May 15, 2008 - Issue 277
Click here to listen to Mark's interview with Carl
After decades of the major media’s refusal to link the word “working” with “class,” the print pages and airwaves are now alive with talk about the conditions, aspirations and views of working people. Journalists, who only a few weeks ago would have scoffed at the mere mention of there being a “working class.” are now throwing the term around with abandon. The problem is that it being employed to only cover part of that class; African American, Latino, Asian and Native American working people are somehow being left out of the demographic equation.
Up until quite recently there was only
the “middle class.” The term always defied precise definition. In contemporary
On the other hand, traditionally and more logically the working class is defined as being made up of people employed by someone else – usually the rich, but sometimes the government – making refrigerators, waiting tables or data processing. In it are people of all races and creeds. However, as this year’s presidential campaign got rolling, “middle class” began to give way to “blue collar” as the nom-de-choice for describing working people. But that didn’t last long. Soon the group whose votes the candidates were targeting became not just the working class, but the “white working class.”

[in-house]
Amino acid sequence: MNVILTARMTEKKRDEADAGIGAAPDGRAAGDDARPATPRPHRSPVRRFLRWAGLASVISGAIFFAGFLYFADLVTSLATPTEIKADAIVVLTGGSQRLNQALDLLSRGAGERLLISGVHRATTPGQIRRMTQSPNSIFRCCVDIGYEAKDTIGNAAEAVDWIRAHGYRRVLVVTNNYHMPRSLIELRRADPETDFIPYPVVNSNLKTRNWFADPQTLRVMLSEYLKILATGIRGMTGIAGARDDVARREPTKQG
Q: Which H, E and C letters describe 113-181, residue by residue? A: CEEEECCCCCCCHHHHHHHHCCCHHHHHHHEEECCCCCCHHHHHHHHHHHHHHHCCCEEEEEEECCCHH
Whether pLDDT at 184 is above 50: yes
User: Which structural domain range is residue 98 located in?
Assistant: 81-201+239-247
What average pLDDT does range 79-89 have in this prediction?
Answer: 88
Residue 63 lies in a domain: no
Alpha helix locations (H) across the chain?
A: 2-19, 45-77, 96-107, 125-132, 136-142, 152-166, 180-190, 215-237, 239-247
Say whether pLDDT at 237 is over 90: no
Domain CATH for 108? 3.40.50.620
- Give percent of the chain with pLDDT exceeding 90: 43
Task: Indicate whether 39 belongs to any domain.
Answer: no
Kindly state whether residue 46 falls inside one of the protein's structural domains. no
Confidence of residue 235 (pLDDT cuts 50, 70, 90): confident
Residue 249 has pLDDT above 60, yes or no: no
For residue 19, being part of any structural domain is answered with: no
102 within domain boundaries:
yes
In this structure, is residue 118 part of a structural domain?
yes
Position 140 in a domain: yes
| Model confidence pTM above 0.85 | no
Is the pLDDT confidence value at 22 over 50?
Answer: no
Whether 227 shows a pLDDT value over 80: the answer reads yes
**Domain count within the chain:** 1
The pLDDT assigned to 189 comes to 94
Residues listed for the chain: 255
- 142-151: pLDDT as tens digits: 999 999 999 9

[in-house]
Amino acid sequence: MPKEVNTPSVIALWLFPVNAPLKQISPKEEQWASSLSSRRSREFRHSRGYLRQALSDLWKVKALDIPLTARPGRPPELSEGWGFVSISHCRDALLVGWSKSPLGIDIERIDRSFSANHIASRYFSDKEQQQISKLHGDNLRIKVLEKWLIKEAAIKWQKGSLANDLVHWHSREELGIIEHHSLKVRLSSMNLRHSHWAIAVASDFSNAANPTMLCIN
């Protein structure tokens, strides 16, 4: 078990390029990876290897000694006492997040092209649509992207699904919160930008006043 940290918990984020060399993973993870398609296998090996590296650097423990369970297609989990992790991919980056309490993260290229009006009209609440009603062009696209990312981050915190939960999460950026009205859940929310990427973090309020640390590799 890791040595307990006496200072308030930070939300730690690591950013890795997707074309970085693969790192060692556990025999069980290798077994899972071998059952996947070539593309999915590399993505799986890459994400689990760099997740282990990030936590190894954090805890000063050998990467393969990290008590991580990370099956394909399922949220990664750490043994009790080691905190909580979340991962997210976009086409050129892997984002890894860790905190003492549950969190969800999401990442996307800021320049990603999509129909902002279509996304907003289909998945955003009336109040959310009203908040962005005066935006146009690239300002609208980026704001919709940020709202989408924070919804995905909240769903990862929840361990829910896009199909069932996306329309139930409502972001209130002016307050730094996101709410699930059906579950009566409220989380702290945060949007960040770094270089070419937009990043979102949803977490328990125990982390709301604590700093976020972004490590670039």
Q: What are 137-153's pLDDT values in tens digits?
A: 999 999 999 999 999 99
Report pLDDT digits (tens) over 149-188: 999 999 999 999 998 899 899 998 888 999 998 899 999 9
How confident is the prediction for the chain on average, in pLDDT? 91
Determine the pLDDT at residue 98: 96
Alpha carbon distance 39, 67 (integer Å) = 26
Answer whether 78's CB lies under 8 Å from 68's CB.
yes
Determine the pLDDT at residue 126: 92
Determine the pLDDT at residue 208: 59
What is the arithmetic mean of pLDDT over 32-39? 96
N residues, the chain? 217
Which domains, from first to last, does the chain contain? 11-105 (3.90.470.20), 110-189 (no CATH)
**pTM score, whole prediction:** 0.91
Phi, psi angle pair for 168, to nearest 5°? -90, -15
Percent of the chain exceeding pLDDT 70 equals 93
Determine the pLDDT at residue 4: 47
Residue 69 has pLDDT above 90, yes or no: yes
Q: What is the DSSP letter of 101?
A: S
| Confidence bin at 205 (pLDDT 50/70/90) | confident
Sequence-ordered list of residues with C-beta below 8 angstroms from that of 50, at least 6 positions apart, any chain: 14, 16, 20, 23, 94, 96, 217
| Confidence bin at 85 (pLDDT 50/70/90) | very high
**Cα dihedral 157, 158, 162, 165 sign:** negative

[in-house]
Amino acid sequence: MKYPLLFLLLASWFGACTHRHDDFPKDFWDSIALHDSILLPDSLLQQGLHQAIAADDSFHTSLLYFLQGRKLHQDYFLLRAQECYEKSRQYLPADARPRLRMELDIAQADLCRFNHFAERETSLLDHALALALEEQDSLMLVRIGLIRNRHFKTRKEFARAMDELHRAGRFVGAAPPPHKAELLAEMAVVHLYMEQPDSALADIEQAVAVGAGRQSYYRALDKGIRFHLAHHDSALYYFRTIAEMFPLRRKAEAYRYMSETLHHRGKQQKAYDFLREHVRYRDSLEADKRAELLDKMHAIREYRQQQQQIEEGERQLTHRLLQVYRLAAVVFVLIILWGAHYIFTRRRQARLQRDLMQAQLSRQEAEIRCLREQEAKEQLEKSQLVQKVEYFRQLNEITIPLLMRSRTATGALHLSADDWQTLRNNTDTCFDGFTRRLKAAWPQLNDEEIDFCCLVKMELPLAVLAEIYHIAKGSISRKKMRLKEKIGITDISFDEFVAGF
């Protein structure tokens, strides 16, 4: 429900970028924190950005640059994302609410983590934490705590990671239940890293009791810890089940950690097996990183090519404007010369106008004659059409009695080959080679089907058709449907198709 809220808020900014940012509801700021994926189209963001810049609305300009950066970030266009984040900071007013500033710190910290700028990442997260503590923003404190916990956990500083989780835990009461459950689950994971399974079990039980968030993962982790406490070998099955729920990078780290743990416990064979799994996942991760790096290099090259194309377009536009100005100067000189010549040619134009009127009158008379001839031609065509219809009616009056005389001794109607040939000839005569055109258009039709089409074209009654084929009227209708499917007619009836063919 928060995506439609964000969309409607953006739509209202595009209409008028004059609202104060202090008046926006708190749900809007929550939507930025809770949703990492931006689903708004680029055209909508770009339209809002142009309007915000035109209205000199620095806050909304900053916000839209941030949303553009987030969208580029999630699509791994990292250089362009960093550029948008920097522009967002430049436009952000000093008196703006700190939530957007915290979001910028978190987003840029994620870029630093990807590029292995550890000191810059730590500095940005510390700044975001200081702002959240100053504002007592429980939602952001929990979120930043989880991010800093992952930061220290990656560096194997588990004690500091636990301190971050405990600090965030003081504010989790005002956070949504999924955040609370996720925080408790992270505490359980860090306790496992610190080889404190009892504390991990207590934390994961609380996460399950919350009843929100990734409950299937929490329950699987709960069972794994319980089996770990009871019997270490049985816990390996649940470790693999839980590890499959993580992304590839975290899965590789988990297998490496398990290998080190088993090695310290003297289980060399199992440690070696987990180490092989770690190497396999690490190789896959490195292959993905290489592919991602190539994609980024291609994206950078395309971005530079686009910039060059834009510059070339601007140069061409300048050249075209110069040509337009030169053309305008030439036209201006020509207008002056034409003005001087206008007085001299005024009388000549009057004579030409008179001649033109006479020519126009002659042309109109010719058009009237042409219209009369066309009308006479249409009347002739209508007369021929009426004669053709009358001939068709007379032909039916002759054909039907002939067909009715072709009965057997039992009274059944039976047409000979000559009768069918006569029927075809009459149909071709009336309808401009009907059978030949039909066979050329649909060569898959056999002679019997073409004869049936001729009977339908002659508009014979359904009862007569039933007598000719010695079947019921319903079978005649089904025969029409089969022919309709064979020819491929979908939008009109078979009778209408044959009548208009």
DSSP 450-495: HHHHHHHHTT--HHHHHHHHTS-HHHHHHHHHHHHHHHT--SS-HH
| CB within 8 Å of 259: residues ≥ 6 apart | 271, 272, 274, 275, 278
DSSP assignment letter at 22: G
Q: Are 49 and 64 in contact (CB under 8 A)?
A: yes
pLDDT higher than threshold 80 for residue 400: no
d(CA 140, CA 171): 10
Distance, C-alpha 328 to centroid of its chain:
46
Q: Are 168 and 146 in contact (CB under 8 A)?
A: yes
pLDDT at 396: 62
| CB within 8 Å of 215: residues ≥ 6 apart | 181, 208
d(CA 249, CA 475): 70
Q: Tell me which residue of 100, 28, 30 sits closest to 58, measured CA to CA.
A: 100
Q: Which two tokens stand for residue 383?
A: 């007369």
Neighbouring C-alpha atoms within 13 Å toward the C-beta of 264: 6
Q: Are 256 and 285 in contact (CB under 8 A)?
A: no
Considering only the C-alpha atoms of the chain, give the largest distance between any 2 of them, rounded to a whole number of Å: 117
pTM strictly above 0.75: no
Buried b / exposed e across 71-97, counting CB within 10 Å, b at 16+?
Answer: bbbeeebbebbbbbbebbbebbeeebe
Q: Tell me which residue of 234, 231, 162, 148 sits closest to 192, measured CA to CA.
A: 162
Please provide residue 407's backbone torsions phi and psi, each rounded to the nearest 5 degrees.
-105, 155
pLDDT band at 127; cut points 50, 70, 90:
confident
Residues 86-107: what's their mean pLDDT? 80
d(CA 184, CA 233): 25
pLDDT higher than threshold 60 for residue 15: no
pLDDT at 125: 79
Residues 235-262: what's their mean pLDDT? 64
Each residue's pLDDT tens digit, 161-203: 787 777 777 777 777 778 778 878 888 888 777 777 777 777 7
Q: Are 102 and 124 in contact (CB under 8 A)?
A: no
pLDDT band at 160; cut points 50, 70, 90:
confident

There is method to this madness.
The experts may argue over just how bad the economic situation is but there is no question we are in the middle of a downturn, and a lot of people are feeling insecure about the future, or are already feeling the pain of unemployment and a rising cost of living. Never mind that – as usual – African American and other non-white ethnic groups are experiencing the negative effects disproportionately. We are being told that economic issues are the concern of white people. Black people do not vote according to their economic interests but on racial identity and, conversely, white people vote their interests and not their racial identity – or so this nonsense goes.
If you want to see how stupid (and devious) all this is, consider the words of former Bush Administration political strategist Karl Rove: “The primary has created a deep fissure in Democratic ranks: blue collar, less affluent, less educated voters versus the white wine crowd of academics and upscale professionals (along with blacks and young people),” he wrote in the Wall Street Journal last week. African American voters here become a throwaway category, not part of the working class. This despite the fact that they are overwhelmingly working class and make up nearly a third of the Democratic Party.
“MSNBC's Chris Matthews, for example, differentiated between ‘regular people’ and black people,” wrote columnist David Sirota wrote last week. “Pundits refer separately to the ‘working class’ and to African Americans - as if they are mutually exclusive.”
"I have a much broader base to
build a winning coalition on," presidential candidate Hillary Clinton
told USA Today last week, going on to quote an Associated Press
article that showed how Sen. Barack Obama's support among "working,
hard-working Americans, white Americans, is weakening again, and how whites
in both states who had not completed college were supporting me."